• displacement <1 cm and no additional injury to superior shoulder suspensory complex
          • outcomes
            • good outcomes with Kuhn type I and II fractures which do not compromise subacromial space
        • coracoid fractures
          • indications
            • displacement <1 cm and no additional injury to superior shoulder suspensory complex
            • coracoid tip fractures distal to insertion of coracoclavicular (CC) ligaments, even if displacement is >1 cm (Ogawa II)
          • outcomes
            • good results and motion with both type I and II fractures meeting indications
    • Operative
      • open reduction internal fixation
        • indications (most are relative)
          • open fracture
          • scapular body fractures
            • medialization of lateral border > 20 mm
            • glenopolar angle < 20-22º
            • angulation > 40º
            • combination of medialization >15 mm and angulation >35º
          • scapular neck fracture
            • angulation > 40º
            • translation > 1 cm
            • glenopolar angle < 20-22º
            • "double disruption" of the superior shoulder suspensory complex (floating shoulder)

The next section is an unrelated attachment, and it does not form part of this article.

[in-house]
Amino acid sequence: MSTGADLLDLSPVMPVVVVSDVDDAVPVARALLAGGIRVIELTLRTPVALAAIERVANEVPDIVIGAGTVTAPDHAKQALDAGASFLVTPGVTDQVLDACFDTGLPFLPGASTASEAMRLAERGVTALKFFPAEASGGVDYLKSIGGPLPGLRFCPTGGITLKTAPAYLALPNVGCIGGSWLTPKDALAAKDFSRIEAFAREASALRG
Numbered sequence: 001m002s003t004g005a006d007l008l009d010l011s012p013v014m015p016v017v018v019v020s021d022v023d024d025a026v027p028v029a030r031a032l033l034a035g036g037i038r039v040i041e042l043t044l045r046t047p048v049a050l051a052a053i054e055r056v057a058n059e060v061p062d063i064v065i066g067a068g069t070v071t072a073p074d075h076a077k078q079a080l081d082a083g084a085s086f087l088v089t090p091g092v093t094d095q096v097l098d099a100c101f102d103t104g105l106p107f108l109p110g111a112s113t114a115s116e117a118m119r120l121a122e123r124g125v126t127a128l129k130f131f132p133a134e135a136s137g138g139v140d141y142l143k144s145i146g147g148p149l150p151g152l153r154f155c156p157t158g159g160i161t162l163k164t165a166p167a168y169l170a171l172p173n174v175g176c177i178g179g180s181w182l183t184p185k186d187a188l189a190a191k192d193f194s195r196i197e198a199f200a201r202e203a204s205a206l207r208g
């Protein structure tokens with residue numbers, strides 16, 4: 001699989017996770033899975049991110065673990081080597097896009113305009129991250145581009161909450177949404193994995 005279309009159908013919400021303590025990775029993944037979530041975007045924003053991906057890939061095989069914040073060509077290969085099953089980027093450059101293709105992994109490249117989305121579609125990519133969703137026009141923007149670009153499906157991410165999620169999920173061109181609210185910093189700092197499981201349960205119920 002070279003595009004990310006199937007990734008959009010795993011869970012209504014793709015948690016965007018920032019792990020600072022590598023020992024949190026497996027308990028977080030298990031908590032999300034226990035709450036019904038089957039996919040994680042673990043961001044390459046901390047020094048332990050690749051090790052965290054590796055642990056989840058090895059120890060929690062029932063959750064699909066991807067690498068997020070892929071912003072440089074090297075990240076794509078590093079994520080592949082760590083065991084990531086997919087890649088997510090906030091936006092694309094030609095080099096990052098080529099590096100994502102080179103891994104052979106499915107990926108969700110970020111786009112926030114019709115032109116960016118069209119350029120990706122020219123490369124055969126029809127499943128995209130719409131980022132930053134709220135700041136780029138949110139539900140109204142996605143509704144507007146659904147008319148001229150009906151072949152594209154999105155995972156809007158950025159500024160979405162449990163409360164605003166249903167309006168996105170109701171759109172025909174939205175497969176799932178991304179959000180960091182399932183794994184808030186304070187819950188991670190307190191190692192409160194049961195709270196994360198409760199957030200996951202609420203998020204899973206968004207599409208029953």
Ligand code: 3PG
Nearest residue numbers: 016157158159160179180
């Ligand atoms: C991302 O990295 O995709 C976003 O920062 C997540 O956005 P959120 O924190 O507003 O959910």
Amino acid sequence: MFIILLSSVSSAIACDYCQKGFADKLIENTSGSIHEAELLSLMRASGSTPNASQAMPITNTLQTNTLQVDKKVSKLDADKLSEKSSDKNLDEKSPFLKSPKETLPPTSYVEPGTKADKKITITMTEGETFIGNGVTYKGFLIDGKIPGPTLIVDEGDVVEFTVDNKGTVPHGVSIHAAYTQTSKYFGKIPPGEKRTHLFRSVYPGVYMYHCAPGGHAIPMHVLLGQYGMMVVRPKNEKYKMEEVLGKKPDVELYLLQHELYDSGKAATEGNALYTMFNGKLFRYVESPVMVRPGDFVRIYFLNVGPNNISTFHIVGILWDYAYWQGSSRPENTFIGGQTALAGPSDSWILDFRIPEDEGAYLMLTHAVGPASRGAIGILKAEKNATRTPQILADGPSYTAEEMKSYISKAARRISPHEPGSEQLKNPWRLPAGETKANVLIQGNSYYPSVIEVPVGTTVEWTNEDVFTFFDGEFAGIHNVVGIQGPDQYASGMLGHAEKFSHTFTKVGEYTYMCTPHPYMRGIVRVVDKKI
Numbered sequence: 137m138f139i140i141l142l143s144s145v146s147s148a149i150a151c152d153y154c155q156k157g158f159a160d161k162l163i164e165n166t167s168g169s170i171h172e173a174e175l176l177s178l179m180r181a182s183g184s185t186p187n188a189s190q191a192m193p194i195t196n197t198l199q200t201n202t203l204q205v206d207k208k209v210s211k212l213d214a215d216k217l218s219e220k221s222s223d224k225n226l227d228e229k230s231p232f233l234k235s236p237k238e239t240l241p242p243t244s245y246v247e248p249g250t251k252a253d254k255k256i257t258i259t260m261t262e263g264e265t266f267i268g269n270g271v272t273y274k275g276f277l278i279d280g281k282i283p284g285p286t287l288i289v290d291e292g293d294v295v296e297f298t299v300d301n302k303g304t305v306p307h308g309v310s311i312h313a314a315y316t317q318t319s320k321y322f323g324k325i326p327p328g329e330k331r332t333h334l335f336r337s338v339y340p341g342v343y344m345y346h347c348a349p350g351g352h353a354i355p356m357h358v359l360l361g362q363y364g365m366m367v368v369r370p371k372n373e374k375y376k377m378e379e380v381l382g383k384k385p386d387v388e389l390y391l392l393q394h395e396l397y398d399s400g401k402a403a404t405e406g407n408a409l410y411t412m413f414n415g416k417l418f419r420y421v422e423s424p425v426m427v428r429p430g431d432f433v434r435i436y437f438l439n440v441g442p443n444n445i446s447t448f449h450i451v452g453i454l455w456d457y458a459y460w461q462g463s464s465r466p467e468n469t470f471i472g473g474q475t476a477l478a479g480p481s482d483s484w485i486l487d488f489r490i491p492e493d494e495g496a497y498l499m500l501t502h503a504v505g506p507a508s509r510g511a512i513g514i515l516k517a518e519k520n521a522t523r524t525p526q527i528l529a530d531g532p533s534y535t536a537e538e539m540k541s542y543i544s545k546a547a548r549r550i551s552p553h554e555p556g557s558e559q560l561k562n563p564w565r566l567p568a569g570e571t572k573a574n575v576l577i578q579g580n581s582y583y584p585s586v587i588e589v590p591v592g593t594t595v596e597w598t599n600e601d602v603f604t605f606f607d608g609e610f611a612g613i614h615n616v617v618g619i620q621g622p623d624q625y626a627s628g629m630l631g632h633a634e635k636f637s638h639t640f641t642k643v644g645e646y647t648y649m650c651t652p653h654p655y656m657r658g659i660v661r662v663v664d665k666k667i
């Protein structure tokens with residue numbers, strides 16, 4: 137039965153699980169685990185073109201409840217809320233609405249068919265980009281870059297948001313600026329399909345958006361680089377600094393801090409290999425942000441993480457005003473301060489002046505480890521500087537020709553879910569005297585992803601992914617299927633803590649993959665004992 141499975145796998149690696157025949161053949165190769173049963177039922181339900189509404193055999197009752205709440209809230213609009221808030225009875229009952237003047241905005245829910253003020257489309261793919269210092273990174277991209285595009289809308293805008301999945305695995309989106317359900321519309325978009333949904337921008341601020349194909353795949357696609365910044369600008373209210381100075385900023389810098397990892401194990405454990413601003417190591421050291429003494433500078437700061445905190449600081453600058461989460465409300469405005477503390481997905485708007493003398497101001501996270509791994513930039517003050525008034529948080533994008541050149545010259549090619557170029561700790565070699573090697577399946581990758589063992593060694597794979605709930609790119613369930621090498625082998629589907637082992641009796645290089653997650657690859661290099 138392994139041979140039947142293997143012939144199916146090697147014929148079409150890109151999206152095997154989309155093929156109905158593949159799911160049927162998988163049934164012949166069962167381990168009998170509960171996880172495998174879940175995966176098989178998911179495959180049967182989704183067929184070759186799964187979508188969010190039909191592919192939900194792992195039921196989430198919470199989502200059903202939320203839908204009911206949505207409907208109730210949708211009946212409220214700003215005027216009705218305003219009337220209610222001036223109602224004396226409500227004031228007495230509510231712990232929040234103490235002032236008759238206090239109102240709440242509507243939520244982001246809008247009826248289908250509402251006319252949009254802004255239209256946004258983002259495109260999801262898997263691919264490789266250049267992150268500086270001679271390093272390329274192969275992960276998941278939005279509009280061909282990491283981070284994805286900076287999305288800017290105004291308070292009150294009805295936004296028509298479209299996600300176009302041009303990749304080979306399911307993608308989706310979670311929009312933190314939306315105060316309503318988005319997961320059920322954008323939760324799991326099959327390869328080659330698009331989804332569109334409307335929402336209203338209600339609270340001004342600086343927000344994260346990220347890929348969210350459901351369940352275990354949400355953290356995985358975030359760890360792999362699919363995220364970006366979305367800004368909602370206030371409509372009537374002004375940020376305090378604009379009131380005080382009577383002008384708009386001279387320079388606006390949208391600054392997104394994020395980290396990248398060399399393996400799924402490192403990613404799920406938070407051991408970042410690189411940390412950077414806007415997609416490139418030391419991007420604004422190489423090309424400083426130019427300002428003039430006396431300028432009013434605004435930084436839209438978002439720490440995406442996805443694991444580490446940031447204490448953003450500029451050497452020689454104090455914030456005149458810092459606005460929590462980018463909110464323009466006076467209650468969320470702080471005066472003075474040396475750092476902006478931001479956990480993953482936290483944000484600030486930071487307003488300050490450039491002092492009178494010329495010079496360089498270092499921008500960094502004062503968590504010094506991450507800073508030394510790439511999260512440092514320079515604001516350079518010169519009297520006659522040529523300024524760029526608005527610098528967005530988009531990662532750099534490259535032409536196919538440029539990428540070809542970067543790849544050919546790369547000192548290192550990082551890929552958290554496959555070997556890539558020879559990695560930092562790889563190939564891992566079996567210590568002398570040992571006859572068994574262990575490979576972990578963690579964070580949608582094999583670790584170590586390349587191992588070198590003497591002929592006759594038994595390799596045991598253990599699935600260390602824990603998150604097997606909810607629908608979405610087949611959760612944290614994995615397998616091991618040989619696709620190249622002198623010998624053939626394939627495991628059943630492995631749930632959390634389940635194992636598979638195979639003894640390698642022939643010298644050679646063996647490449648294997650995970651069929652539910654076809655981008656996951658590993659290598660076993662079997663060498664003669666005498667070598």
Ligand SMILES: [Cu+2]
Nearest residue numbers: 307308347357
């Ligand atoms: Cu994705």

• indicates unstable nature of bony/ligamentous ring
          • intra-articular glenoid fracture
            • > 20-25% anterior or posterior glenoid involvement with subluxation of humerus
              • can cause persistent glenohumeral instability 
            • articular step-off > 4 mm 
          • acromion fracture
            • displacement > 1cm
            • painful nonunion
            • subacromial impingement
            • double disruption of superior shoulder suspensory complex
          • coracoid fracture
            • displacement > 1 cm 
            • painful nonunion
            • ipsilateral scapula fracture requiring fixation
            • Ogawa type I coracoid fracture extending into scapular body
            • double disruption of superior shoulder suspensory complex
        • techniques
          • screw(s)
            • percutaneous vs. open
          • plate(s) + screws(s)
          • arthroscopic-assisted
            • suture anchor repair vs. percutaneous screw fixation
              • useful in anterior/posterior glenoid rim fractures
        • outcomes
          • scapular body fractures
            • most return to having near-normal strength and symmetric range of motion
          • scapular neck fractures
            • good shoulder function and high union rates
            • complication rates up to 15%